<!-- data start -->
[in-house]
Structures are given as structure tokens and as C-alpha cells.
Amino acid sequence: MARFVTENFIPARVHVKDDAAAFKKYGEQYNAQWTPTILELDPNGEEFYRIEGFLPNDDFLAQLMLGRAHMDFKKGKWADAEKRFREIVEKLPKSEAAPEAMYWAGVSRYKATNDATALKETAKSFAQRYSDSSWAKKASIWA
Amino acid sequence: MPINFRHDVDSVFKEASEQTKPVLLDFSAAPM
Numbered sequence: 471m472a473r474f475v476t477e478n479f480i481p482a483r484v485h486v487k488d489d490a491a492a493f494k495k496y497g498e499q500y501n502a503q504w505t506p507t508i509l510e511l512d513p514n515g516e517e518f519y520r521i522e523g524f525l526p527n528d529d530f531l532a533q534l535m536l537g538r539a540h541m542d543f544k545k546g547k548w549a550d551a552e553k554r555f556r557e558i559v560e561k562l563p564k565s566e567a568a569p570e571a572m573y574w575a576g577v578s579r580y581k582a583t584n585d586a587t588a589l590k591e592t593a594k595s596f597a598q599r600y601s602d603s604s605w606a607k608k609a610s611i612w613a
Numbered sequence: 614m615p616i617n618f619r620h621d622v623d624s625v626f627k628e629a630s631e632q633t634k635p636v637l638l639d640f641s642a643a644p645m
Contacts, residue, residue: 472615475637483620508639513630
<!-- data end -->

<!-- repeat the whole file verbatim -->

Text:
[in-house]
Structures are given as structure tokens and as C-alpha cells.
Amino acid sequence: MARFVTENFIPARVHVKDDAAAFKKYGEQYNAQWTPTILELDPNGEEFYRIEGFLPNDDFLAQLMLGRAHMDFKKGKWADAEKRFREIVEKLPKSEAAPEAMYWAGVSRYKATNDATALKETAKSFAQRYSDSSWAKKASIWA
Amino acid sequence: MPINFRHDVDSVFKEASEQTKPVLLDFSAAPM
Numbered sequence: 471m472a473r474f475v476t477e478n479f480i481p482a483r484v485h486v487k488d489d490a491a492a493f494k495k496y497g498e499q500y501n502a503q504w505t506p507t508i509l510e511l512d513p514n515g516e517e518f519y520r521i522e523g524f525l526p527n528d529d530f531l532a533q534l535m536l537g538r539a540h541m542d543f544k545k546g547k548w549a550d551a552e553k554r555f556r557e558i559v560e561k562l563p564k565s566e567a568a569p570e571a572m573y574w575a576g577v578s579r580y581k582a583t584n585d586a587t588a589l590k591e592t593a594k595s596f597a598q599r600y601s602d603s604s605w606a607k608k609a610s611i612w613a
Numbered sequence: 614m615p616i617n618f619r620h621d622v623d624s625v626f627k628e629a630s631e632q633t634k635p636v637l638l639d640f641s642a643a644p645m
Contacts, residue, residue: 472615475637483620508639513630